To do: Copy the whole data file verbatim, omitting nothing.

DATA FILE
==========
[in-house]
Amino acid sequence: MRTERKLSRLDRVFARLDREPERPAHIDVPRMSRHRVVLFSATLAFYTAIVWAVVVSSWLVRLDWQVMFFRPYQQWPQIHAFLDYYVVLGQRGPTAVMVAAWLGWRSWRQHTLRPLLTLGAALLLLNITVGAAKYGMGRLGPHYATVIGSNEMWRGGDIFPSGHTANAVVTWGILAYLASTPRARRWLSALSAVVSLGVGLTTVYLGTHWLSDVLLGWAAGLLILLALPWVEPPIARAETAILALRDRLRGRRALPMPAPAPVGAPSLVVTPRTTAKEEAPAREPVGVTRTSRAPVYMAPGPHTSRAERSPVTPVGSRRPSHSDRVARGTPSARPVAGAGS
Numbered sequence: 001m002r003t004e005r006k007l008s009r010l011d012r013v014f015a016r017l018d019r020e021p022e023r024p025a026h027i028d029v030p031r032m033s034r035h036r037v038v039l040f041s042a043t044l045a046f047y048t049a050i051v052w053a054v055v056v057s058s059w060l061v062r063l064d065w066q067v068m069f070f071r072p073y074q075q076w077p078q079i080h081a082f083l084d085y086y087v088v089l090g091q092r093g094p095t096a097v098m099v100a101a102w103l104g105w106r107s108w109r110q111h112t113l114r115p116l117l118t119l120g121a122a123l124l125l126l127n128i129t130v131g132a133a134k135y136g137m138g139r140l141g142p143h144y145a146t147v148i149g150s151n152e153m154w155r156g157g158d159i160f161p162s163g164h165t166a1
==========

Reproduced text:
[in-house]
Amino acid sequence: MRTERKLSRLDRVFARLDREPERPAHIDVPRMSRHRVVLFSATLAFYTAIVWAVVVSSWLVRLDWQVMFFRPYQQWPQIHAFLDYYVVLGQRGPTAVMVAAWLGWRSWRQHTLRPLLTLGAALLLLNITVGAAKYGMGRLGPHYATVIGSNEMWRGGDIFPSGHTANAVVTWGILAYLASTPRARRWLSALSAVVSLGVGLTTVYLGTHWLSDVLLGWAAGLLILLALPWVEPPIARAETAILALRDRLRGRRALPMPAPAPVGAPSLVVTPRTTAKEEAPAREPVGVTRTSRAPVYMAPGPHTSRAERSPVTPVGSRRPSHSDRVARGTPSARPVAGAGS
Numbered sequence: 001m002r003t004e005r006k007l008s009r010l011d012r013v014f015a016r017l018d019r020e021p022e023r024p025a026h027i028d029v030p031r032m033s034r035h036r037v038v039l040f041s042a043t044l045a046f047y048t049a050i051v052w053a054v055v056v057s058s059w060l061v062r063l064d065w066q067v068m069f070f071r072p073y074q075q076w077p078q079i080h081a082f083l084d085y086y087v088v089l090g091q092r093g094p095t096a097v098m099v100a101a102w103l104g105w106r107s108w109r110q111h112t113l114r115p116l117l118t119l120g121a122a123l124l125l126l127n128i129t130v131g132a133a134k135y136g137m138g139r140l141g142p143h144y145a146t147v148i149g150s151n152e153m154w155r156g157g158d159i160f161p162s163g164h165t166a1